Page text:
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Investigation of Sheringham

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Investigation of Sheringham


Sheringham is a seaside town, situated on the North Norfolk Coast,
approximately 44 kilometres north of the historic city and capital of
Norfolk, Norwich. Sheringham is a middle sized coastal town and lies
to the west of Cromer; near to the village of Blakeney; the small town
of Holt is to the south-west (see figure 1.0).

Sheringham is a popular tourist resort, thousands of visitors arriving
every summer. It is famous for it's long and wide sandy beaches and
pleasant summer weather.

[IMAGE]


Sheringham
----------


Figure 1.0: The town of Sheringham and its surroundings

In the past, Sheringham was a traditional fishing village in Norfolk.
The main industry of the town was fishing and crabbing, fishermen went
out to sea in wooden boats to then sell their catch to mainly local
residents. Sheringham never became a major trading port. A possible
reason for this might have been the absence of a large town nearby to
export the products or the lack of a sheltered harbour.

However, soon Sheringham became a popular holiday resort, now tourists
could travel easier through a new railway link to the town. Now,
tourism has become the main industry of Sheringham, and employs most
residents of the town. The rest of the population are commuters, who
travel to work by car, train or other means. Sheringham might have
attracted them because of it's geographical position.

The northern side of the town faces the North Sea, therefore the
climate is cool, especially in autumn and winter months harsh storms
can attack this coastal town. The main fetch for waves comprises quite
a large distance; the winds blow the waves from a north-north-east
direction. This is the direction of the cold northern seas and oceans,
e.g. the Norwegian Sea and the Arctic Ocean.

Such strong waves carry large amounts of energy, and easily erode away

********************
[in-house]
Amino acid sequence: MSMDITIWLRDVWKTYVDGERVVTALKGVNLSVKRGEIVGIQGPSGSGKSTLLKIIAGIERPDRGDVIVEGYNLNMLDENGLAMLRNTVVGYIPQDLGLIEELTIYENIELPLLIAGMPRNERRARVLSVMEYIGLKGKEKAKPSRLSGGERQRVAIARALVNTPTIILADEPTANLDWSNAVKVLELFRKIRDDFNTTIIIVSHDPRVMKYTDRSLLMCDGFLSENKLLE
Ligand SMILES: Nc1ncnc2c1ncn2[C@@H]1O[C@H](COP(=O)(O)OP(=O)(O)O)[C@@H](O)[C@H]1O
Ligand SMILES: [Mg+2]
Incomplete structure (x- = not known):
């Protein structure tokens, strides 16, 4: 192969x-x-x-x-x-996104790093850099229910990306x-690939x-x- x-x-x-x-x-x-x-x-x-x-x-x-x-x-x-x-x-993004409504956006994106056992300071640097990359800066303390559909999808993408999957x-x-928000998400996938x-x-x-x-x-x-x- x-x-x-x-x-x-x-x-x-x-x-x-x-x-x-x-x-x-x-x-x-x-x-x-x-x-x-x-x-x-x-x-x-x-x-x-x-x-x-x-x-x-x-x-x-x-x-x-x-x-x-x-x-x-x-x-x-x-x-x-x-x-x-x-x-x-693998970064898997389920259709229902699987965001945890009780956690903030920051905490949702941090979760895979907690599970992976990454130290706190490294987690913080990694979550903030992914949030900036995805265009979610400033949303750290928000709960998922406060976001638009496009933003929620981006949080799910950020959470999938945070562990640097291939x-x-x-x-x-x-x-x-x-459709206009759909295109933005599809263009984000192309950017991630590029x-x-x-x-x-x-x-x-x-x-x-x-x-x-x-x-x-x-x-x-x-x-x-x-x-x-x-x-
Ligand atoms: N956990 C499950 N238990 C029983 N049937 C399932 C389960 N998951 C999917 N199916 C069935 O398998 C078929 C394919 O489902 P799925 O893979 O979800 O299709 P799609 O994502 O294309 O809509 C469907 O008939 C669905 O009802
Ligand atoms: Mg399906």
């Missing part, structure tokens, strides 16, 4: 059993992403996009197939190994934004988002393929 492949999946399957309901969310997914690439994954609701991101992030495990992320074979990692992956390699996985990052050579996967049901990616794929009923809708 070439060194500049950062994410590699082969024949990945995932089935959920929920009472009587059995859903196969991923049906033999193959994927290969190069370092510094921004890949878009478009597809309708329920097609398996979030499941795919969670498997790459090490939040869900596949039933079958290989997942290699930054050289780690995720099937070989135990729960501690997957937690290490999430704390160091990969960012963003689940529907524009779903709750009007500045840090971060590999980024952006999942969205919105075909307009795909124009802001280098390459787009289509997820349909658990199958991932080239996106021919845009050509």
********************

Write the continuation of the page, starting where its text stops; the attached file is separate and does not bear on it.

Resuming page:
the soft boulder clays of the coastline. Here is a list of all
processes of erosion that affect the coastlines of Sheringham:

¨ Corrasion is caused by large waves hurling beach material such as
boulders and stones against a cliff. Sheringham is particularly
affected by this during autumn and winter storms, when large waves
with a great amount of energy transport big loads.

¨ Attrition is a process occurring on beaches, and therefore not as
critical as corrasion, which erodes away large amounts of land. During
attrition, waves cause rocks and boulders on the beach to collide with
each other and to break up in to smaller pieces. Through this process
pebbles are eroded over a long period of time to be made into sand.
Sheringham's beaches vary from gently sloping sandy beaches, shingle
beaches and pebble beaches.

¨ Corrosion occurs when salts, minerals and other acids in seawater
slowly dissolve a cliff. This process also isn't very critical, but
constant. It does not erode as much material as corrasion.

¨ Hydraulic pressure is the force of the waves compressing air in
cracks in a cliff. Porous rocks are mostly affected by this. This
process can become quite critical since it may erode away large
amounts of a cliff in a small amount of time.

The weathering processes are biological, chemical and physical, and
can also erode large amounts of land. However, this is not caused
directly by waves or the sea, so the processes of protection are
completely different.

The cliffs of Sheringham are made of soft sandy material deposited
during the Ice Age, and therefore are particularly vulnerable to sea
erosion. Most cliff faces are quite high, but erosion happens at water
levels. This means that waves erode away the bottom of the cliff; it
is undercut by waves, forming a wave-cut notch (see figure 1.1). As
this becomes bigger and bigger, the cliff becomes more unstable,
finally collapsing into the sea. The cliff face retreats, and the
process starts all over again. Meanwhile, material is deposited just